“Five Revealing Details” about Pope Francis

One of my new go-to guys for thinking about things Vatican is Andrea Gagliarducci and his Monday Vatican post.

Today he has a piece about “Five Revealing Details” about Pope Francis, what he is doing, what he aims to do.

Sample:

Evangelii gaudium is first of all the criterion through which Pope Francis chooses saints to be canonized. The formula the Pope has often used is that of the “equipollent canonization,” i.e., the proclamation of a saint whose veneration is widespread, without the need of a second miracle as required by the regular procedure. Pope Francis wanted to explain in person why he continues to make saints this way, probably aware that he had been much criticized  for excessive use of the procedure. The Pope explained his ‘picks’ among new saints during his in-flight presser from Sri Lanka to the Philippines on January 15th. At the beginning of his remarks, he underscored that he had inherited from Benedict XVI the process of equipollent canonization (that of Angela of Foligno), and that he then chose other saints to canonize with the “simplified procedure” on the basis of the evangelizing criterion in Evangelii gaudium which calls for the Church to be in a state of permament mission. So in his view the saints he selects for this special procedure are noteworthy evangelizers who exemplify the central message of Evangelii gaudium. After Joseph Vaz, the most important missionary of Asia, who was canonized last week in the Philippines, the next candidate for equipollent canonization will beJunipero Serra when the Pope travels to the United States in September. [When I was in London, I attended a Mass in honor of St. Joseph Vaz.  HERE]

The announcement of Junipero Serra’s forthcoming canonization was made by Pope Francis himself. This is the second revealing detail from this trip to Asia: with Francisno media plan or strategy is possible. The Pope does whatever he wants and whenever he wants. There is no way to prepare in advance.

[…]

And there was this harrowing paragraph…

This concern for the peripheries is the reason behind the rumor of papal trip to Erbil, Iraq: to meet Christian refugees. The upcoming encyclical on ecology – which the Pope made clear he will strive to complete in March – will certainly be filled with references to a missionary Church. Meanwhile it is also rumored that a first draft for the announcement of a Third Vatican Council is circulating, but no source has confirmed the report. However, other sources acknowledge the possibility of a papal documentthat would increase the limit of Cardinals voting in a conclave (i.e., Cardinals under the age of 80) from 120 to 140, thus increasing by 20 the limit that Paul VI established.

It’s a rumor … but… God help us all.

Please share!
Share

About Fr. John Zuhlsdorf

Fr. Z is the guy who runs this blog. o{]:¬)
This entry was posted in Pope Francis, The Drill and tagged . Bookmark the permalink.

81 Responses to “Five Revealing Details” about Pope Francis

  1. CradleRevert says:

    Please be nothing more than a rumor. Looking at how the October synod was conducted, another Council at this time would be disastrous.

  2. ChrisRawlings says:

    That has been rumoured for a while. The Vatican actually condemned it as such about a year ago. And Gagliarducci himself explains that another council would be at odds with the Pope’s modus operandi.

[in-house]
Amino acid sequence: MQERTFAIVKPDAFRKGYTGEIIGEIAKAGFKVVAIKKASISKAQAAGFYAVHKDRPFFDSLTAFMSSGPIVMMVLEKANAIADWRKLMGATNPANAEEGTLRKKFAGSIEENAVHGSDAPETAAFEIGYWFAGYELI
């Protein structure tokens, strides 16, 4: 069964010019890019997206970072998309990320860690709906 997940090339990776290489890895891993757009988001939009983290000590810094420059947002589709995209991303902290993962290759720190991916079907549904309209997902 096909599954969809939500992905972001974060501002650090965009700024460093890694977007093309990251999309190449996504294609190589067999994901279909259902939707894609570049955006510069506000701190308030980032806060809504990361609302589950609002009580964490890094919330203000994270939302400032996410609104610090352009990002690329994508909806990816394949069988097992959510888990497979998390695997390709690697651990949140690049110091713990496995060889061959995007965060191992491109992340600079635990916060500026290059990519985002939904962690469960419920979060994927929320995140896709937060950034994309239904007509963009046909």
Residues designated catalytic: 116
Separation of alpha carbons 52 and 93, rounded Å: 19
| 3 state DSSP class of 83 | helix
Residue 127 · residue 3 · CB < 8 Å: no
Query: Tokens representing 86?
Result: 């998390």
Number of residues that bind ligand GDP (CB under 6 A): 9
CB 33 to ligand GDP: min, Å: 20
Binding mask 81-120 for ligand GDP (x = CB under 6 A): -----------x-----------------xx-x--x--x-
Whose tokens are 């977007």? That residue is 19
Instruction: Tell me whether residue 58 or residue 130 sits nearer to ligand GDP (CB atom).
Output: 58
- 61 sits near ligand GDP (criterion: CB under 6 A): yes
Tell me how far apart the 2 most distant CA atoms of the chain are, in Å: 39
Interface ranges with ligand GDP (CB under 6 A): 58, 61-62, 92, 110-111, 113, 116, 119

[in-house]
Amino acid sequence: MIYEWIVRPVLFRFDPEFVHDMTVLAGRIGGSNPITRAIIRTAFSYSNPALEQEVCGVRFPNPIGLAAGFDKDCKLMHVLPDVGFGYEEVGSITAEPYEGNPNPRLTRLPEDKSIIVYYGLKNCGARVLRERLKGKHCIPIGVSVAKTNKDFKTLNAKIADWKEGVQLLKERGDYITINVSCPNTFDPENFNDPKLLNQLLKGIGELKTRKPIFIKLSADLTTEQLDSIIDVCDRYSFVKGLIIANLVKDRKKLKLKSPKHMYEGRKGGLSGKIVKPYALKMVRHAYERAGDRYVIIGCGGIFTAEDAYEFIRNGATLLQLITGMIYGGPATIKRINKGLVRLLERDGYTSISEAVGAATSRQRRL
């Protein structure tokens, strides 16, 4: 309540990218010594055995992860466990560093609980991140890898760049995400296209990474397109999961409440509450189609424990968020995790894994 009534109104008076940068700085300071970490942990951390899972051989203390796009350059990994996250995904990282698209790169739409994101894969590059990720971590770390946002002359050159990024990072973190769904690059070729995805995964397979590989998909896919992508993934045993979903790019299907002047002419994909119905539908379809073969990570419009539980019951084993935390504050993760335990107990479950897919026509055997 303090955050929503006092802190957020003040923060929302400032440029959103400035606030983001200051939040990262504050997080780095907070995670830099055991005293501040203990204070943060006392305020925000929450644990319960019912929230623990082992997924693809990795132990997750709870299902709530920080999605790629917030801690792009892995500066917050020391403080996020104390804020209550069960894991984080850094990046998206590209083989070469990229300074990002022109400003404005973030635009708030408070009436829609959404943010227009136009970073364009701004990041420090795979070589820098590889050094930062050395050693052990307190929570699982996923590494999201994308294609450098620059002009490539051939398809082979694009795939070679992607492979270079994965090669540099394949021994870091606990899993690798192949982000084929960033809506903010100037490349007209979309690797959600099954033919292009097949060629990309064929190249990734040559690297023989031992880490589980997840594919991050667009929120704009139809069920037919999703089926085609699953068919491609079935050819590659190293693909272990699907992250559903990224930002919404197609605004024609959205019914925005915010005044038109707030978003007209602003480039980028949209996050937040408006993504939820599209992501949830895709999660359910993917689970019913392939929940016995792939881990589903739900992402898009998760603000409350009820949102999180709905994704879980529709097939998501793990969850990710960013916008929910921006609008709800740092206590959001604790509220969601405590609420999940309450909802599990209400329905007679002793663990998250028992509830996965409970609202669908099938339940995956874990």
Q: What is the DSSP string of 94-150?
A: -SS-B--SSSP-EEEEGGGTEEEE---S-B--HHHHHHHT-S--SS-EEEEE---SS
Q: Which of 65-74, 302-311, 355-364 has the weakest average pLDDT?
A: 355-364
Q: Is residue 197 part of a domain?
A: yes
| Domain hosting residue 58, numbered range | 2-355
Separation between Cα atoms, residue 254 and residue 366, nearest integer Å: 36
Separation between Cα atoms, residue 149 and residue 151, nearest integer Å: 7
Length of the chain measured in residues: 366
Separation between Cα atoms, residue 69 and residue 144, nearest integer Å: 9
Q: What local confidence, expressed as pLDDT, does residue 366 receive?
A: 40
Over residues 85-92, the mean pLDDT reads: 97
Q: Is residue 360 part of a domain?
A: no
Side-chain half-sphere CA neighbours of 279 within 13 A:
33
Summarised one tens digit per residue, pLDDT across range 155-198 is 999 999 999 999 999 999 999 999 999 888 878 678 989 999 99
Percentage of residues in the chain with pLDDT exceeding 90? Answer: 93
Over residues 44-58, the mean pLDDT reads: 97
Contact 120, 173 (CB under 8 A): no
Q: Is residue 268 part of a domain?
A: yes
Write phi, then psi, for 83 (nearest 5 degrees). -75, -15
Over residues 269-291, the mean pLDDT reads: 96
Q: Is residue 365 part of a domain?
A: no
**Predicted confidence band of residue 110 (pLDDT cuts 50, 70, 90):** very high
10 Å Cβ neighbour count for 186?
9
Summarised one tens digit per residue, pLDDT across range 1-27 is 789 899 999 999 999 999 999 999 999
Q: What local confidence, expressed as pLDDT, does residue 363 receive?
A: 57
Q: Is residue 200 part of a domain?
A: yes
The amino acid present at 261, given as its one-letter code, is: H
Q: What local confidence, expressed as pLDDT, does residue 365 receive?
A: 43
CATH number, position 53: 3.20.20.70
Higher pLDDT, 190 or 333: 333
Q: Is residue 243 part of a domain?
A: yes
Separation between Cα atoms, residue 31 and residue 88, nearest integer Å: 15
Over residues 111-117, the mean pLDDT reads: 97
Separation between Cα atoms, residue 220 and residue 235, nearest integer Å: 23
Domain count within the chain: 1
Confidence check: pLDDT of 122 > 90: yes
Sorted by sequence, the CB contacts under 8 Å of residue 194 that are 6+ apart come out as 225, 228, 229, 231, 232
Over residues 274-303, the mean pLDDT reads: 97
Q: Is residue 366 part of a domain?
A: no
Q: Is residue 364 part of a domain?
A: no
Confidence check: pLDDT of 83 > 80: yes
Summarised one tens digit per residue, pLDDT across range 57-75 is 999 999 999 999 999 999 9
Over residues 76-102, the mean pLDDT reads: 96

3. asperges says:

    Can we then hope that the great Pope Pius xii will quickly be “equipolled?” I doubt it.

  4. Allan S. says:

    I am glad Benedict is still with us, able to see firsthand all the many splendid fruits of his abdication. May his life be long, and may his sufferings in this world reduce those in the next.

    And – given the new canonization criteria (viz, ‘noteworthy evangelizers’):

    Sancte Marcel François Marie Joseph Lefebvre, ora pro nobis!

  5. SpesUnica says:

    Hm. Maybe I’m being naive, but it seems that empowering the voice of Church leaders in the developing world (especially in Africa), would be at cross-purposes with desiring to “rig” a Council for progressives, no?

  6. Mike says:

    If there’s a Vatican III in our lifetime, I’m going into the bombshelter.

  7. JesusFreak84 says:

    Vatican III? Really? Is this how the Lord punishes us for our failures to exorcise pro-Sodomites, pro-aborts, etc., from the ranks of His Bride? =-(

  8. Gregg the Obscure says:

    “Then shall they begin to say to the mountains: Fall upon us; and to the hills: Cover us.”

  9. iteadthomam says:

    Vatican iii may just be the very opportunity we need as faithful Catholics to take our Church back.

  10. Siculum says:

    “Sancte Marcel François Marie Joseph Lefebvre, ora pro nobis!” Mmm… not today. Praying for his soul, though.

    Anyway, maybe we do need a V3. But I don’t think we do. Unless, in a hermeneutic-of-continuity-sort of way, we need one because V2 was misinterpreted and misapplied. Although, would a V3 help anything? Probably not.

    Would more cardinals be a good or bad thing? Is it possible that Pope Francis feels that there are not enough Cardinals in the “peripheries,” so to speak, participating in Rome? Perhaps more Cardinals from the Southern hemisphere, from Africa, from Asia, from the Pacific rim, are needed to bring a voice from those peoples to Rome (whatever that means) …. and also to bring more strongly the voice of the Church back to the peoples of those countries? Hmm. Maybe. And maybe not. Someone enlighten me.